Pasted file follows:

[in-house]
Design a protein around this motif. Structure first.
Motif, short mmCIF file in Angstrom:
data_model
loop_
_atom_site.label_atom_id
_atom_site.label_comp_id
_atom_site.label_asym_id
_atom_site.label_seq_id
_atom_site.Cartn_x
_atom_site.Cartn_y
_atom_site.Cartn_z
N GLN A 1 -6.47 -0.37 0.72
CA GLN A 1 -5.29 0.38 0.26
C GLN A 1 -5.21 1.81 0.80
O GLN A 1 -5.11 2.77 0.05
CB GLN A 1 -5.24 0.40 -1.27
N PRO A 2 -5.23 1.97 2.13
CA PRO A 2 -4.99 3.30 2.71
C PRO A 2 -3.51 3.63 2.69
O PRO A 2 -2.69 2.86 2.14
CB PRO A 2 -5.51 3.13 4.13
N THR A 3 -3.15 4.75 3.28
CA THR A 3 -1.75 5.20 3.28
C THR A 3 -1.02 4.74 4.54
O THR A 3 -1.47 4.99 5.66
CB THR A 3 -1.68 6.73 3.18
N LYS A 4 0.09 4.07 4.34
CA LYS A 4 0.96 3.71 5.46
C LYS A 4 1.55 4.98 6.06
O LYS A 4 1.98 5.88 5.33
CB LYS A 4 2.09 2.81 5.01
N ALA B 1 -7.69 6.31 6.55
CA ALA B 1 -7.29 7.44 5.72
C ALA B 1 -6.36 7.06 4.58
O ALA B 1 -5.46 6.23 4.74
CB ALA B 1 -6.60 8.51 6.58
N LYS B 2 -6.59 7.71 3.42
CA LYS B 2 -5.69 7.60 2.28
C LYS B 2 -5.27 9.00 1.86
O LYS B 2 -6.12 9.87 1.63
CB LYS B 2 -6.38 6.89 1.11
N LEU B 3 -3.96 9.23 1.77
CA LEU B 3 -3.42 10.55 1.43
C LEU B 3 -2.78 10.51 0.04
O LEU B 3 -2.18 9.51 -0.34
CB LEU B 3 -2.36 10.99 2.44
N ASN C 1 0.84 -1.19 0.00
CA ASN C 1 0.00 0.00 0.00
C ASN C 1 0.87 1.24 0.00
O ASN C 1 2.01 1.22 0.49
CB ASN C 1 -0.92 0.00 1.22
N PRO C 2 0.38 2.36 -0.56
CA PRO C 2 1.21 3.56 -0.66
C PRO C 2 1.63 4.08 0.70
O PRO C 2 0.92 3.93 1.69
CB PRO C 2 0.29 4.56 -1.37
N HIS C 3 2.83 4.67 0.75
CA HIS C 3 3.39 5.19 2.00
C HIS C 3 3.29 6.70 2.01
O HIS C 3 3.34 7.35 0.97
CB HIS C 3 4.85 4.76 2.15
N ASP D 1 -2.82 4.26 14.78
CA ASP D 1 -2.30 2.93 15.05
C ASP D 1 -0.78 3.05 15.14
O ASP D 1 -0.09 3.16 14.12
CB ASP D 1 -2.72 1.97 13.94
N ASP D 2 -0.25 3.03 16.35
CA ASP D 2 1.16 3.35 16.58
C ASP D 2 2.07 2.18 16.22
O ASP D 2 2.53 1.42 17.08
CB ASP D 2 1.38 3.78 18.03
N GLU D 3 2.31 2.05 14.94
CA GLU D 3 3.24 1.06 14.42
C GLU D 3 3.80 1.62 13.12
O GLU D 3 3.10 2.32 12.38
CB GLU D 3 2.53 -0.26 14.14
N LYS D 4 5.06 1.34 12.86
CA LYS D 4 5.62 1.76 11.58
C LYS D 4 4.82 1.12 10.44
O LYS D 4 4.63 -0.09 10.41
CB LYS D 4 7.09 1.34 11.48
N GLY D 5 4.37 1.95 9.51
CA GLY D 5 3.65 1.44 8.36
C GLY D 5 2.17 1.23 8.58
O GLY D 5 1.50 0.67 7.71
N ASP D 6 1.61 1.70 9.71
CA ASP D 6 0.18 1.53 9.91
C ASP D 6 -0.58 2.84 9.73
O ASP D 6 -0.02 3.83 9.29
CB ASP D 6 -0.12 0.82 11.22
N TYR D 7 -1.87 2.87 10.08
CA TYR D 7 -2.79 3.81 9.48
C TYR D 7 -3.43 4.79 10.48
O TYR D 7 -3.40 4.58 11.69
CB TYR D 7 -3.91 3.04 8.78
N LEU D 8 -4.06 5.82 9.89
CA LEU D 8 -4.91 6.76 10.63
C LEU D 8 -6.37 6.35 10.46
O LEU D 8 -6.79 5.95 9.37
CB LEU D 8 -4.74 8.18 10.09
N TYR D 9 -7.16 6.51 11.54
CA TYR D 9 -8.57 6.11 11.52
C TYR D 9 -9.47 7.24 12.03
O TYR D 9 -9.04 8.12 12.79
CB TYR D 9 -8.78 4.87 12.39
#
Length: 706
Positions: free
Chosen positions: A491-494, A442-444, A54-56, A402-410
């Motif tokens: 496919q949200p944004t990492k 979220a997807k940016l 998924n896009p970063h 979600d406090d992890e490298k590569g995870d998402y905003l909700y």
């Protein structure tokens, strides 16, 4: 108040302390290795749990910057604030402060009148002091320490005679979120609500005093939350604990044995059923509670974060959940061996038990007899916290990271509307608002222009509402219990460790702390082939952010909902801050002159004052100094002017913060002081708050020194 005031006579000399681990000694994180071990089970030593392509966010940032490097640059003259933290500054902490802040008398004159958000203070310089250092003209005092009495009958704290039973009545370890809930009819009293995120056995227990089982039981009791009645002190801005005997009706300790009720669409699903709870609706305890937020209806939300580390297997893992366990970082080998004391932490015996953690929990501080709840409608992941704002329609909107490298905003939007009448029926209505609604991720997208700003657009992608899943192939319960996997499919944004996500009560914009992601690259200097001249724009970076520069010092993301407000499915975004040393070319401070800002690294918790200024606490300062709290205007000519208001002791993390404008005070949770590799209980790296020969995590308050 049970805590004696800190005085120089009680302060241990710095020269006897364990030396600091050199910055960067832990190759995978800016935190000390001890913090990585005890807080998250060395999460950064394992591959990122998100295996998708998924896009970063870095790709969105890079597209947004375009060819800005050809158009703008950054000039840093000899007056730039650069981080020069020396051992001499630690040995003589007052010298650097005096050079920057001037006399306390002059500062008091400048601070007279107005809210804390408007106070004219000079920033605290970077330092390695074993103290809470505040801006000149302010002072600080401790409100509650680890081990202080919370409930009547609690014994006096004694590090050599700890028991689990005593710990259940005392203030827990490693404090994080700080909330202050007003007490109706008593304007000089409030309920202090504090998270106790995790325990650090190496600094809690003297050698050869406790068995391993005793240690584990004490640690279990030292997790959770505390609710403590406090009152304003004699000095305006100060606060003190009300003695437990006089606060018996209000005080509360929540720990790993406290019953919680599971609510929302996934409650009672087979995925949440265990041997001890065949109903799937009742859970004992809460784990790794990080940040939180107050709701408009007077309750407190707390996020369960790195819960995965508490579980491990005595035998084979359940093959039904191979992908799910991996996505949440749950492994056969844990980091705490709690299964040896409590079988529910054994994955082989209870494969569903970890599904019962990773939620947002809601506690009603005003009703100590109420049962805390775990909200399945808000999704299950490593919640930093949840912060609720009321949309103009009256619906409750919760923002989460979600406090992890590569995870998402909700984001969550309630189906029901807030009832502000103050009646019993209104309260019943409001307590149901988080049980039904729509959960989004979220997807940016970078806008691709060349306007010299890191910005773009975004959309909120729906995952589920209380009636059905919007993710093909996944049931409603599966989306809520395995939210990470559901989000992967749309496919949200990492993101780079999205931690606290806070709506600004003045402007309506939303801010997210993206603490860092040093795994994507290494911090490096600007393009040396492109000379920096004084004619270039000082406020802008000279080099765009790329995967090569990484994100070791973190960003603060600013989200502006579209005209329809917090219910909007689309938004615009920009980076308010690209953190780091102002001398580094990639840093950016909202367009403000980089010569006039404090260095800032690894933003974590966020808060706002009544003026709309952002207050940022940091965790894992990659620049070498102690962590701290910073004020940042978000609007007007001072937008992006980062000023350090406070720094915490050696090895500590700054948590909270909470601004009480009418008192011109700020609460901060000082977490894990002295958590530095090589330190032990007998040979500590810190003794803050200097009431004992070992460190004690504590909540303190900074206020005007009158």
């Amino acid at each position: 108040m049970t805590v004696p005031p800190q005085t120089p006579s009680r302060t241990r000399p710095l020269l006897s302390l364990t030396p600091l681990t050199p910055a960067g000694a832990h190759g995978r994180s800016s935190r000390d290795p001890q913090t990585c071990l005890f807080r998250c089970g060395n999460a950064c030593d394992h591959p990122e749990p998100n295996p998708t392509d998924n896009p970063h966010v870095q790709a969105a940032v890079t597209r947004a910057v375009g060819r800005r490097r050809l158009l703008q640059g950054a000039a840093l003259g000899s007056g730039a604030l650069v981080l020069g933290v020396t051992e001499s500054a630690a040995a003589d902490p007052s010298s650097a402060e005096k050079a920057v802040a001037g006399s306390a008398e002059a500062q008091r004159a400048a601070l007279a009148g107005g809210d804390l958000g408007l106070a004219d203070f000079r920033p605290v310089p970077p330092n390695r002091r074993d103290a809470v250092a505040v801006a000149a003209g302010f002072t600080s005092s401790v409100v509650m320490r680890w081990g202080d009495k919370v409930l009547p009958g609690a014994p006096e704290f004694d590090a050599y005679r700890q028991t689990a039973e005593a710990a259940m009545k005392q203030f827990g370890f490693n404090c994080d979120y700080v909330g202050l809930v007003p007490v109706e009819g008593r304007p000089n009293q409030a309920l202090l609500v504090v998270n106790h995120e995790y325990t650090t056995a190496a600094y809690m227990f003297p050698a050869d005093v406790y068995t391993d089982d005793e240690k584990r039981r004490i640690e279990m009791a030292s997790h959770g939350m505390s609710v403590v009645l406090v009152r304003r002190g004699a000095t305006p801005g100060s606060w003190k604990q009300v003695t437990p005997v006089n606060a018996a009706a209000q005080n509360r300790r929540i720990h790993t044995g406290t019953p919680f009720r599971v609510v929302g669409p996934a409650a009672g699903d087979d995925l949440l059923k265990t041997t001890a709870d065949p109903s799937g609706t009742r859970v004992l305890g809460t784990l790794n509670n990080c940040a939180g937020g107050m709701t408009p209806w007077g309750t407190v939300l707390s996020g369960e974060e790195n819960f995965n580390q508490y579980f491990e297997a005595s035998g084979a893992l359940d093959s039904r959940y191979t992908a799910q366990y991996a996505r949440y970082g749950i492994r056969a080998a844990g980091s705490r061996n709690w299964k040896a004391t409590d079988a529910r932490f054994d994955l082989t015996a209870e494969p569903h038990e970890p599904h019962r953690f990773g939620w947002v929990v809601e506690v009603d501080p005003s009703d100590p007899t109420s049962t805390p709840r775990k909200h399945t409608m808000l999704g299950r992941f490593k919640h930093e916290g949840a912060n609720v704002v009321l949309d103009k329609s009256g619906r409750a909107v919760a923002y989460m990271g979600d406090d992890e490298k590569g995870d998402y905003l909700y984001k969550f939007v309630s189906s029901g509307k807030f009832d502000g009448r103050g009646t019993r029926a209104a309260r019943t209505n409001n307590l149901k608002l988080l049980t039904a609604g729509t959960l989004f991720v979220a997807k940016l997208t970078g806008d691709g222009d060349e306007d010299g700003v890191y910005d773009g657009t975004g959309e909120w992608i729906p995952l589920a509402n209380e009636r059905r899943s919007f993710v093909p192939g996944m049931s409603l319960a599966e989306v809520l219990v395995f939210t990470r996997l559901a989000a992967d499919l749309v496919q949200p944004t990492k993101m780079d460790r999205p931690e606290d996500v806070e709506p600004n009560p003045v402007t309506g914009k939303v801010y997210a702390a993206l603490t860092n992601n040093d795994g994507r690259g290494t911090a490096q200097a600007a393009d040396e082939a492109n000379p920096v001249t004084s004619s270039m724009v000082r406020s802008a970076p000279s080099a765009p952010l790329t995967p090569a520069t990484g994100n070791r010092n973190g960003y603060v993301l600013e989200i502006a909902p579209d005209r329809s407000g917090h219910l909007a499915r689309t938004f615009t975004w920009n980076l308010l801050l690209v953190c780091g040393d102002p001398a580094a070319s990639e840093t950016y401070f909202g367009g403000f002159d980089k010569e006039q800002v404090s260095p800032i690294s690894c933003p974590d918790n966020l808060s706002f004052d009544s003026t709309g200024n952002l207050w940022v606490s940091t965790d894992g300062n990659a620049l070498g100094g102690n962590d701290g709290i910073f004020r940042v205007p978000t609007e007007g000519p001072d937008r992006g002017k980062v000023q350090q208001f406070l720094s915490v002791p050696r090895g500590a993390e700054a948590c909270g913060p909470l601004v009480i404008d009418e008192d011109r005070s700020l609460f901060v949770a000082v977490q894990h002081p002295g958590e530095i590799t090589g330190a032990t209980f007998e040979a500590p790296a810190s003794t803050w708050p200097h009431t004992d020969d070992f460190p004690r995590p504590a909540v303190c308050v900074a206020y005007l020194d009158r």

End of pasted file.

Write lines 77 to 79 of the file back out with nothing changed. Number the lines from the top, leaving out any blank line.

CB GLU D 3 2.53 -0.26 14.14
N LYS D 4 5.06 1.34 12.86
CA LYS D 4 5.62 1.76 11.58